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More on Thunderbolt it seems that it has 2 sets of specs-

So it's been a busy couple of weeks for me leading into NAB, but I wanted to post a bit more about THUNDERBOLT.

To say the confusion about this new technology is amazing, even I had been given conflicting information, mostly because of the differences between the Copper and later Fibre versions of this technology, mainly about what can and can't be done.

I posted what I had been given as specs for Thunderbolt and mine are correct, as far as they go. You see there is a big difference between the first gen of the release that uses Copper backbone and the FULL theoretic specs that cover the release of the optical fiber versions,in which the limits are listed as the specs.

So the theoretical limits of Thunderbolt do actually mean that, in the future, we will be handling data at 10Gbps via 2- bi directional channels, or as Jeremy G first posted, a total maximum aggregate throughput total of 40Gbps. The issue is (according to my source) that we are at least a year or 2 away access to that level of the pipe, the release of the fiber compatible backplane and those of us with the just released first released generation of the thunderbolt chipset will most likely not ever be able to handle the maximum pipe.

As with all technology, the theoretical is always better than the actual.


Posted by: gary adcock on Mar 9, 2011 at 6:53:30 amComments (7) thunderbolt, storage

Thunderbolt, connections for the future

Let’s talk about Thunderbolt ( and why wasn’t the name LightPeak good enough)

The Thunderbolt technology offers users a 10 Gbps - that is roughly 1028 MB {1+ GIgbytes} per second data transfer as a Dual Channel, bi-directional, multi protocol connection, that also allows power over the cable a la FW.

On a laptop.

OK, as someone that has constantly pushed the bounds of working on location, this is finally the real deal, at that max data level, we are talking about viewing 4K (theoretically) in realtime, however for the near future we are really talking about only about ½ of that sustained date rate, being limited in the beginning by copper only cabling and a minimal driver set.

Yet that will change. As with many other Apple hardware technologies, Mac users are often first to the gate, albeit, stalled at the starting line, but Macophiles need not worry. This is a harbinger of things to come, without the ongoing hassles left behind by the exclusion of legacy Floppy discs, a PCMCIA slot, FW 400, Express card, then DVD’s on some models.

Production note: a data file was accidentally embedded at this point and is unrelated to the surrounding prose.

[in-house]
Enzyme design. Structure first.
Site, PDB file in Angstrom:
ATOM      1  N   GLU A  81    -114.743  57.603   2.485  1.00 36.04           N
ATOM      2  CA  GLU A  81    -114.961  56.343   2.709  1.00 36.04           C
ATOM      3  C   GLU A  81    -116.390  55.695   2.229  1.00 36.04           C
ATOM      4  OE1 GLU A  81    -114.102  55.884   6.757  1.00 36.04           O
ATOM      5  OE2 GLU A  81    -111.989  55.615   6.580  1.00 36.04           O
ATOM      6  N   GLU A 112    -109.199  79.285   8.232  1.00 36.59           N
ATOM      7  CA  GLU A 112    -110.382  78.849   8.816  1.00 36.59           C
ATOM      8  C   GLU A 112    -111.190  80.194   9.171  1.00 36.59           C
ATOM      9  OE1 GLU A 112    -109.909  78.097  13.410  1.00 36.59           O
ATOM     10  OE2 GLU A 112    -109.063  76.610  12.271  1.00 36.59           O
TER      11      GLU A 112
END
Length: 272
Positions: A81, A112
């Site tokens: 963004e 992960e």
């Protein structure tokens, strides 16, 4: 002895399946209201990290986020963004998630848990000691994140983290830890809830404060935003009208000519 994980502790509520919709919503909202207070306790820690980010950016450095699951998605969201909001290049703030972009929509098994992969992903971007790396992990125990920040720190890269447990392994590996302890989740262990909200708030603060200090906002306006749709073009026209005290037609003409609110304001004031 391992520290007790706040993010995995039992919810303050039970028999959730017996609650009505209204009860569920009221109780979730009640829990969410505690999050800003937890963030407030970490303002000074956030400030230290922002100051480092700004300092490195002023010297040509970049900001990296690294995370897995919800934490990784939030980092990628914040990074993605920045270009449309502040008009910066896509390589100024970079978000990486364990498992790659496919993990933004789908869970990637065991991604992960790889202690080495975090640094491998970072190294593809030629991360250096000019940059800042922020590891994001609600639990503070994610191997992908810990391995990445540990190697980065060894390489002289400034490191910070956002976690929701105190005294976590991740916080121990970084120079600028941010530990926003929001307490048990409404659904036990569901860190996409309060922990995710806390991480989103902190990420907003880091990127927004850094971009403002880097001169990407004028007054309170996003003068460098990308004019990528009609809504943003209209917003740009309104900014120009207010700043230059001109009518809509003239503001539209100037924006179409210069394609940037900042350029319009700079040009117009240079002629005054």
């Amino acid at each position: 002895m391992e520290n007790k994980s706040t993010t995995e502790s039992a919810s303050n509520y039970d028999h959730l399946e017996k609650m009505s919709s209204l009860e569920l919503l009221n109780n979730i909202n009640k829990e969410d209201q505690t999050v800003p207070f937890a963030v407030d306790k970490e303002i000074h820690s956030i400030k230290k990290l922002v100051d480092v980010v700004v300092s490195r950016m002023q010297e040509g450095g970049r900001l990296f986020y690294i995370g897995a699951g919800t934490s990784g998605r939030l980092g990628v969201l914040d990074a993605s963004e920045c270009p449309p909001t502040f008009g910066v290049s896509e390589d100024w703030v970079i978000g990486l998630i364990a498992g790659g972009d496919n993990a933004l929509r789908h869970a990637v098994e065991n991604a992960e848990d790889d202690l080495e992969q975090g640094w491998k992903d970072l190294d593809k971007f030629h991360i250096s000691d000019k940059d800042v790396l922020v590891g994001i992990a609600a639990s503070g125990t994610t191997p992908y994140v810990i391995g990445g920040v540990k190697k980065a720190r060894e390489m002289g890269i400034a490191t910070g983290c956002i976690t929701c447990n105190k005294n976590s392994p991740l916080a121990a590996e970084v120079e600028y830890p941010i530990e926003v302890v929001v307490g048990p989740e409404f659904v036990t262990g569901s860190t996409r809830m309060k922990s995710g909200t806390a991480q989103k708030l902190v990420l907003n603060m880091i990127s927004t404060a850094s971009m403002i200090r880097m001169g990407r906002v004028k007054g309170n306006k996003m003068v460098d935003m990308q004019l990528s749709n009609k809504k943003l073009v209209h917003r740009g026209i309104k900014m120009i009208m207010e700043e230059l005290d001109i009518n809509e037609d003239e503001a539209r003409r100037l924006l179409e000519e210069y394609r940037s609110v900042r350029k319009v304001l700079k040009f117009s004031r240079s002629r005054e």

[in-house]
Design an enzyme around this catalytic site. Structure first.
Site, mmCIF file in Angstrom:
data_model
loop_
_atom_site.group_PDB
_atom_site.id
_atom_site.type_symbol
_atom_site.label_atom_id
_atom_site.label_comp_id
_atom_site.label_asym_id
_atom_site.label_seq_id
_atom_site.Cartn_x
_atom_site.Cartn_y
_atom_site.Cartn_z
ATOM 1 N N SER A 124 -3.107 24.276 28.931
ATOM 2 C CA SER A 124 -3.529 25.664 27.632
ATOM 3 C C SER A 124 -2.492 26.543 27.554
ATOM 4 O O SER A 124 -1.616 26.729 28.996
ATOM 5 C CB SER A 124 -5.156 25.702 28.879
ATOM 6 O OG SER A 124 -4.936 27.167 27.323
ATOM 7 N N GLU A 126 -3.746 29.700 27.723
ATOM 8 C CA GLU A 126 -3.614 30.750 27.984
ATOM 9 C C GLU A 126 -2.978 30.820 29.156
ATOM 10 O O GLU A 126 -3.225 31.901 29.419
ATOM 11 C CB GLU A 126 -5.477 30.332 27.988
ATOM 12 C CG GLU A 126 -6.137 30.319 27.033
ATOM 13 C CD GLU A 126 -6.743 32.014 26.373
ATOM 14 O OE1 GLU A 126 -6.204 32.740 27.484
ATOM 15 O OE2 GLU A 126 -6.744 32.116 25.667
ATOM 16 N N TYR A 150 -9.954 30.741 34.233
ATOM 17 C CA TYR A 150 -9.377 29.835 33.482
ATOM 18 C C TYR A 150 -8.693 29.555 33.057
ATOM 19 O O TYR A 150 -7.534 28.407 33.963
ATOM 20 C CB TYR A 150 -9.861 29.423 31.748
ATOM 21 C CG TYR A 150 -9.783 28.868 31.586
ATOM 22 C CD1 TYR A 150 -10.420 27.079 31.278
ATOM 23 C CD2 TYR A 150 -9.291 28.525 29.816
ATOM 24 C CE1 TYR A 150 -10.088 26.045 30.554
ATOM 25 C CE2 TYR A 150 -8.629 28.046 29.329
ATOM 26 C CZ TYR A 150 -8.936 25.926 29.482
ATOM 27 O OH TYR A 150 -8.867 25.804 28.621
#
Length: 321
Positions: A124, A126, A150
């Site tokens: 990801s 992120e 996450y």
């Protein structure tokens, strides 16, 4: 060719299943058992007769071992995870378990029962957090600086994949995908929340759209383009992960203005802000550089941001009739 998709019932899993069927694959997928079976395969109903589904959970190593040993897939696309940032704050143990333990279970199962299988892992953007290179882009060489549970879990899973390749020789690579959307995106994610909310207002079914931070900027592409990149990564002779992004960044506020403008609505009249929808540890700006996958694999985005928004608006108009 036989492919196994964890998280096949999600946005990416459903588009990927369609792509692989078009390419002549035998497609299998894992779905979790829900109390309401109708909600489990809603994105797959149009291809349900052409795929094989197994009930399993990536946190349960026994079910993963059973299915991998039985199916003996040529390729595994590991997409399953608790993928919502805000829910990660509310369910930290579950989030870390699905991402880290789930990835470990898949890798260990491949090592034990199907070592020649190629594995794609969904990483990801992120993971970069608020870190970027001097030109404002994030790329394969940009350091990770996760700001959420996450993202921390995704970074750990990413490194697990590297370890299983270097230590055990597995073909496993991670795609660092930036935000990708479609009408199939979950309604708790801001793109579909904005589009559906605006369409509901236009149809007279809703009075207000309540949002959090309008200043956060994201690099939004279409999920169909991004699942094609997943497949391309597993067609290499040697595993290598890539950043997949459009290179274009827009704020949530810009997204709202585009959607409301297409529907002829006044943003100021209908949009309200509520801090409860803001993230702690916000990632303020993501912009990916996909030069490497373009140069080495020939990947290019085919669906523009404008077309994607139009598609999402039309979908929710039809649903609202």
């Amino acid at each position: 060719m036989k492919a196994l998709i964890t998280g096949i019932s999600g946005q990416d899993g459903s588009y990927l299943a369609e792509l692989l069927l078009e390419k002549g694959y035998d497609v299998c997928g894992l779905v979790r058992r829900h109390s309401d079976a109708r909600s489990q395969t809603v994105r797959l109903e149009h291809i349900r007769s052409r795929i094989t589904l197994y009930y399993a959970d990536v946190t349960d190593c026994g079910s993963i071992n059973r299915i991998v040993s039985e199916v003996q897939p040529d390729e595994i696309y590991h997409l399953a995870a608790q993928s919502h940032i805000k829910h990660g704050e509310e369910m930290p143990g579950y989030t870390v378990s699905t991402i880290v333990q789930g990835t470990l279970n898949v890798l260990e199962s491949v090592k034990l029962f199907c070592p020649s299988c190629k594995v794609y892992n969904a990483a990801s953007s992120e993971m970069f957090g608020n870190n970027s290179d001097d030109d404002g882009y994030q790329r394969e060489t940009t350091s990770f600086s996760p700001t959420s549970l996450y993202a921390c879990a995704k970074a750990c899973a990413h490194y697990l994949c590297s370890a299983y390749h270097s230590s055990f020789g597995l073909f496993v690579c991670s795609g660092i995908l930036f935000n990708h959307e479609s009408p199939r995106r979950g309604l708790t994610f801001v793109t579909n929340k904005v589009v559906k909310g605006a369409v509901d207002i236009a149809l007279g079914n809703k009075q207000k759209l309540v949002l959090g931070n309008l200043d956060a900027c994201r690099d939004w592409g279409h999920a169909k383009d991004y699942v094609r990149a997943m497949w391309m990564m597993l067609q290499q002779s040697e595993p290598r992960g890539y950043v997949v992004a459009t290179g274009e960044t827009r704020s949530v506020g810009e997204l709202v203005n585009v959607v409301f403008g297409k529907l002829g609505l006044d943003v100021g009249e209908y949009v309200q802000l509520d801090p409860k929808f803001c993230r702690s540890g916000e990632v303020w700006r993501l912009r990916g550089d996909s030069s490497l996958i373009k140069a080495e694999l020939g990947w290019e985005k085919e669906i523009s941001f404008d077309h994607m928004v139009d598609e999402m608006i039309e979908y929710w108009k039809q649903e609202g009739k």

The design of ThunderBolt (TB for short, since I do not have a lightening bolt symbol on my keyboard) allows for manufacturers to design around existing and future connectivity all within the TB design structure as long as the developer works with the native driver tools as supplied by Intel and Apple.

Think about what this kind of tech means, even the “slow” initial release will still be able to process content at over 400 MBps with TB native drive arrays. That is enough to handle 2 full rez streams of uncompressed 10bit, 1080 HD content in real time, while also delivering an image to a display.{ For the record, UC footage is easier to playback than lower data rate compressed codecs as there is no compression/ de-compression load on the CPU or need for GPU processing)
As news warrants here I will be updating everyone here on the Cow on the advances on the Storage and display fronts, but for now, the new Apple MacBooks are enabled for the future, I expect to start seeing any number of devices starting next month at NAB.

Next week I will touch on the Sony 8K camera and imager announcements.


Posted by: gary adcock on Mar 2, 2011 at 8:42:38 amComments (7) apple, Thunderbolt

Join industry geek Gary Adcock as he explores the world and technology as it relates to Film and Video production. I am also a Glass artist, so I spend my free time creating art from silica and fire when I am not cooking.


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